Thus, there is still reason to hope that the show will finish strong with Season 4, which is expected to be the last. But to do so the creators will need to rediscover the emotional power that made their show into a hit in the first place. In Season 3, they seemed afraid of being earnest, especially as characters who we met as children are growing up.

What charmed viewers in the first season was not the prominence of children in the story so much as the license to be authentic they gave the show. A mother’s love for her child is allowed to be unabashedly fierce. Children are permitted to be earnest in their friendships and loves, as well as their hatreds. Much of the greatness of the original Stranger Things was due to its unabashed portrayal of love and the pain and vulnerability it entails.

But in this season, the characters are unsure what to do with their feelings, and so is the show. Both the adolescents and the adults work to build layers of irony and detachment, fearing that they will be seen as ridiculous if they reveal their thoughts and feelings. And the show has likewise become unwilling to dwell on the tensions, yearnings, and losses of love and friendship—at least until the final episode, which contains a real gut punch, though (spoiler alert) a scene that plays midway through the credits suggests that it might be undone.

There are still moments of pathos sprinkled throughout the episodes, but the show turns away from them, rather than allowing them to bear the weight of the story. Like our culture, Stranger Things 3 struggles to combine maturity with emotional authenticity. Spectacle was substituted for suspense, and bickering for the tensions and vulnerabilities of relationships and love. Consequently, there was little catharsis to be had at the end.

Nor did the show induce the sense of loss it seemed to be aiming for. Rather, the ending felt like a cliffhanger in an old television serial, which would be the worst fate that could befall the show—to be endlessly strung out as Netflix battles to maintain its streaming empire against its competitors. But let us hope for better, and stranger, things.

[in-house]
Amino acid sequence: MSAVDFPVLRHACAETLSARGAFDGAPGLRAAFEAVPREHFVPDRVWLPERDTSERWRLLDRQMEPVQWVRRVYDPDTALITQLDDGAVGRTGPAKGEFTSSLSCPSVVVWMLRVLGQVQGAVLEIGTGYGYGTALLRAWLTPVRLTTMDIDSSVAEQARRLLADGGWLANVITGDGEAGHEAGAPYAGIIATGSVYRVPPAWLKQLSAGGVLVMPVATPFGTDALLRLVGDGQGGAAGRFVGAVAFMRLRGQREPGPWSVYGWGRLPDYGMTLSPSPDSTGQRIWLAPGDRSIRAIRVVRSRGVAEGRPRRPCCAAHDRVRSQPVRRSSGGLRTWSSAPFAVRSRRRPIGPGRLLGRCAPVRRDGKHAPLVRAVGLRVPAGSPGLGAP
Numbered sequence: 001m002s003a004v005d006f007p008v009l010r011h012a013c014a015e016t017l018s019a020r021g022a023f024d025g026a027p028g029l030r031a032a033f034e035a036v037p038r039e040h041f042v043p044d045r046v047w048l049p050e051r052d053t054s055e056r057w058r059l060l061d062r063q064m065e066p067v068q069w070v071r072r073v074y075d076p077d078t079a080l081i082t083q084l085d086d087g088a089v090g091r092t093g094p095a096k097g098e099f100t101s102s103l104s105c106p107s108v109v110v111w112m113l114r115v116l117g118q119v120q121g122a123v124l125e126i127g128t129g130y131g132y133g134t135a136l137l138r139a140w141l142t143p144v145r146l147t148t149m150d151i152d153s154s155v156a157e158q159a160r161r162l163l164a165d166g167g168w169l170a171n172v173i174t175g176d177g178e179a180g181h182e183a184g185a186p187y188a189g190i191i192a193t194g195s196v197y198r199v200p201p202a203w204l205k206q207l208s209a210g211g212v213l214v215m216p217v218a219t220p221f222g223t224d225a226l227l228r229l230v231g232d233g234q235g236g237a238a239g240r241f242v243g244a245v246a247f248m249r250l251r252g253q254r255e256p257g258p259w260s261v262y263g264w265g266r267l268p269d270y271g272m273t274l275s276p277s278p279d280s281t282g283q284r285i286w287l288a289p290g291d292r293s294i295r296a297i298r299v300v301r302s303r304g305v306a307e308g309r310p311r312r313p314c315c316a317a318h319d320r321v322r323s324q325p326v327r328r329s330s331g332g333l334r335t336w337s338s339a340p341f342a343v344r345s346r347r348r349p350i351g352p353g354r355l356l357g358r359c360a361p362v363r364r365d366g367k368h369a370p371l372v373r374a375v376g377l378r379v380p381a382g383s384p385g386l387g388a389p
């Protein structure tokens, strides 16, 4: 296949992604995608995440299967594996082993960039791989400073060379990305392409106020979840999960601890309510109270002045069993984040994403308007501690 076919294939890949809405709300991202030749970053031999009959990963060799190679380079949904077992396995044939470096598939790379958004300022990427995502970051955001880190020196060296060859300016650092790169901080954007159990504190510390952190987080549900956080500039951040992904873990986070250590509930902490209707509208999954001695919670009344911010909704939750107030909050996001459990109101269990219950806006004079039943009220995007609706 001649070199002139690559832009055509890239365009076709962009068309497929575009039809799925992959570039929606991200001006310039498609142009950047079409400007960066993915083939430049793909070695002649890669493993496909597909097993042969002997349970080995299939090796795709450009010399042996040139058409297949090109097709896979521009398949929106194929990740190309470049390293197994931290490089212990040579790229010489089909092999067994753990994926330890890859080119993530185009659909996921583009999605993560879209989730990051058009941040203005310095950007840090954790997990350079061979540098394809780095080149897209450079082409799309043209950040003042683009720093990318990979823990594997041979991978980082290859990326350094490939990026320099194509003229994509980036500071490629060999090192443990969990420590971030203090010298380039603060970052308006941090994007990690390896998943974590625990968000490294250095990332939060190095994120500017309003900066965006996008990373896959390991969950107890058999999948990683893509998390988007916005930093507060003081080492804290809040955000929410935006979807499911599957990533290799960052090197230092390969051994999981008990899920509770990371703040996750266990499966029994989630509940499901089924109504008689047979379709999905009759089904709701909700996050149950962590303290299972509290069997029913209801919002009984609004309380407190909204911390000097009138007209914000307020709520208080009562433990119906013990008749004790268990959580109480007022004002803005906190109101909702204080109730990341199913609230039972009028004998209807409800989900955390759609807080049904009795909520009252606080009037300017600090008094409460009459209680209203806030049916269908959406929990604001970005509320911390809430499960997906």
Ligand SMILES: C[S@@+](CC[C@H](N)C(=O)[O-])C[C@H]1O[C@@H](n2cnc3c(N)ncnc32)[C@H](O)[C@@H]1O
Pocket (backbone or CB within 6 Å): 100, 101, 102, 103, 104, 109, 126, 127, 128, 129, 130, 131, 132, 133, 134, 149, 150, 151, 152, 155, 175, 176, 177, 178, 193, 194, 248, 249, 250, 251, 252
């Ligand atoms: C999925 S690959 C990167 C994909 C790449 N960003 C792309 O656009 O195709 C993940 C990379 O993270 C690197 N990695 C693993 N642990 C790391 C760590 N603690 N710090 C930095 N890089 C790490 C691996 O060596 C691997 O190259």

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About Nathanael Blake 22 Articles
Nathanael Blake, PhD, is a Postdoctoral Fellow at the Ethics and Public Policy Center. His primary research interests are American political theory, Christian political thought, and the intersection of natural law and philosophical hermeneutics. His published scholarship has focused on Jean-Jacques Rousseau, Hans-Georg Gadamer, Alasdair MacIntyre and Russell Kirk. He is currently working on a study of J.R.R. Tolkien’s anti-rationalism. He writes from Virginia.


  1. As a mom of teens I thought the emotional level was spot on. Adolescents ARE unsure of their feelings and how to express them.

    I also liked the break from the formula of the past episodes (how many Death Stars are there anyway?) it was nice to have something completely different.

    • I agree with Karen. It felt appropriately angsty and emotionally unsure for the teenagers involved. SPOILERS COMING It was nice to see there be four groups of people all working toward a similar end, without knowing it. When they finally reunite and work together, it was glorious and showed the true power of family, friendship, trust, and sacrifice.

  2. I have not watched the show, but this review is in great contrast to one I recently read on another Catholic website which basically damned the third season of the show for, among other things, blasphemies coming out of the mouths of children. Could the author explain why he sees things so differently.

  3. By the close of the season I was disappointed — the show lost its creepy and mysterious feel…Russian’s built a megacomplex below ground and no one noticed? Way too much camp, way too much sexual innuendo — not strange enough.